RIM-116 Rolling Airframe Missile

The RIM-116 Rolling Airframe Missile (RAM) is a small, lightweight, infrared homing surface-to-air missile in use by the United States Navy, German Navy, Hellenic Navy, Egyptian Navy and South Korean Navy. It is intended primarily as a point-defense weapon against anti-ship cruise missiles. The missile is named because it rolls during its flight to stabilize the flightpath.

The onboard Mk 49 launcher installation weighs 5,777 kilograms (12,736 lb.s or 6.4 tons) and stores 21 missiles. The weapon cannot employ its own sensors prior to firing so it must be integrated with a ship's combat system, which directs the launcher at targets. On US ships it is integrated with the AN/SWY-2 and Ship Self Defense System combat systems.

The RIM-116 was developed by General Dynamics under a July 1976 agreement with Denmark and West Germany. (The General Dynamics missile business was later acquired by Hughes Aircraft and is today part of Raytheon.) The first 30 were built in FY85 and became operational on November 14 1992 aboard the USS Peleliu (LHA-5). The U.S. Navy hopes to purchase 1,600 RAMs and 115 launchers to equip 74 ships. The RIM-116 is currently used on several American and 25 German warships. Moreover, all new German Navy vessels will be equipped with RAM, such as the new, stealthy Braunschweig class corvettes, which will mount 2 RAM launchers per ship. The Hellenic Navy has equipped the new Super Vita-class fast attack craft and South Korea has also signed procurement contracts.


Block 0

Also known as RIM-116A in US service, the original version called Block 0 is based on the AIM-9 Sidewinder, from which it took the rocket motor, fuse and warhead. Block 0 missiles initially home in on active radiation emitted from a target (such as the Radar of an incoming antiship missile). Terminal guidance is done by infrared seeker derived from the FIM-92 Stinger MANPADS missile. In test firings Block 0 missiles achieved hit rates of over 95%.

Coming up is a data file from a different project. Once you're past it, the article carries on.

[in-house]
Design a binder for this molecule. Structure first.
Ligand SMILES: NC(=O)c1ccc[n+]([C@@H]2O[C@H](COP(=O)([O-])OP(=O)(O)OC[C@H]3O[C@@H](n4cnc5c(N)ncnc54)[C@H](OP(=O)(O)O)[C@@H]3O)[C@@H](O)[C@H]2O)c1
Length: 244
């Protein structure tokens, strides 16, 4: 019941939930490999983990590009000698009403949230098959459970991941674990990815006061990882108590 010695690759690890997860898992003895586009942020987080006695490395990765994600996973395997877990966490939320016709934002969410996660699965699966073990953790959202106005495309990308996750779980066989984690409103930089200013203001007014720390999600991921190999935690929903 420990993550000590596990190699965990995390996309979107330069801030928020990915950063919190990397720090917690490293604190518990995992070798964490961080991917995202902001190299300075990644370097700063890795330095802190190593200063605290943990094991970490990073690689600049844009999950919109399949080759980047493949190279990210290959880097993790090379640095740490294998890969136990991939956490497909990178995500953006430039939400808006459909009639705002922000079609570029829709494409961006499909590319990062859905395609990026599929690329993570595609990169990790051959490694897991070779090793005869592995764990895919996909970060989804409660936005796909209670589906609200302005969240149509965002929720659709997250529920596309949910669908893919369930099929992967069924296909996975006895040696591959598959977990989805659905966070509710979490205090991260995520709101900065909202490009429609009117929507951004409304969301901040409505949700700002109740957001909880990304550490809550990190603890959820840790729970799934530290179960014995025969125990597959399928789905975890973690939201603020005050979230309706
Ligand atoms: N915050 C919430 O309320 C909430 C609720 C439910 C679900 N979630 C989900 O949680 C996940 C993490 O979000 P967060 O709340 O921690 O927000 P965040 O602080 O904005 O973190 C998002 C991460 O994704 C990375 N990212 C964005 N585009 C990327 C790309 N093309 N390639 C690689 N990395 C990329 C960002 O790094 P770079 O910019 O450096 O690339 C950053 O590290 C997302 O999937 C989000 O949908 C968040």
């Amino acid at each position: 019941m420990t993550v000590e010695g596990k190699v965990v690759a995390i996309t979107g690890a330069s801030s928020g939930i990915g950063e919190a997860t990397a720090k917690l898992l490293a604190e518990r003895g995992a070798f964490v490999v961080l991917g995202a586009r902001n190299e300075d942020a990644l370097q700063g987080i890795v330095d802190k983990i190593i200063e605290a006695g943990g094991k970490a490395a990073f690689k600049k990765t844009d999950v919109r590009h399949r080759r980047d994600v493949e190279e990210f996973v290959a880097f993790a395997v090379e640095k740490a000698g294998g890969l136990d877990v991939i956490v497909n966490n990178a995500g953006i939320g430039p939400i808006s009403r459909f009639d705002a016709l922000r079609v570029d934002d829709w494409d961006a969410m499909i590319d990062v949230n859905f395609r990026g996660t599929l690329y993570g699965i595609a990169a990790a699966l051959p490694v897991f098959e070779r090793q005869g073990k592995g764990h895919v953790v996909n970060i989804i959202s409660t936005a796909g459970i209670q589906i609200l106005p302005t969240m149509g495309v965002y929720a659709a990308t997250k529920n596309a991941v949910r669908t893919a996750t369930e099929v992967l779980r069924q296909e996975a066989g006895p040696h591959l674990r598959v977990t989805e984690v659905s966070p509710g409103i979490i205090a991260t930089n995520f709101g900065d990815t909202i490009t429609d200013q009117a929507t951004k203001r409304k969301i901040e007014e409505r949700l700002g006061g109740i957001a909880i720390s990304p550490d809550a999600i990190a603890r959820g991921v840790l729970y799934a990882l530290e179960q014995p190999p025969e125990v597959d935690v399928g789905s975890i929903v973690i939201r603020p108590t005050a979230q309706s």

Block 1

Block 1 (RIM-116B) is an enhanced version of the RAM missile that adds infrared-only guidance which enables it to intercept missiles that are not emitting any radar signals. Block 0's passive radar homing capabilities are retained.


In 1998 a memorandum of understanding was signed by Germany and the United States to improve the system, so that it could also engage Helicopters, Aircraft and Surface targets. The developed HAS upgrade is a mere software modification that can be applied to all Block 1 RAM missiles.


Sea RAM has been developed as direct replacement for the much shorter ranged gun-based Phalanx system, which unlike RAM is not able to deal with multiple targets coming in simultaneously.

It combines Phalanx' hardware (radar and mount) with an 11 cell RAM launcher to produce an autonomous system, which does not need any external information to engage threats. Sea RAM thus can (like Phalanx) be fitted to all kind of ships, e.g. also on replenishment ships which usually do not have integrated combat systems and only limited sensors.

General Characteristics (Block 1)

  • Primary Function: Surface-to-Air Missile
  • Contractor: Raytheon, Diehl BGT Defence
  • Length: 2780 mm
  • Diameter: 127 mm
  • Fin span: 445 mm
  • Speed: Mach 2.0+
  • Warhead: 11.3 kg blast fragmentation
  • Launch Weight: 73.5 kg
  • Range: 7.5 km
  • Guidance System: three modes—passive radio frequency/infrared homing, infrared only, or infrared dual mode enabled (radio frequency and infrared homing)
  • Unit Cost: $444,000
  • Date Deployed: 1992


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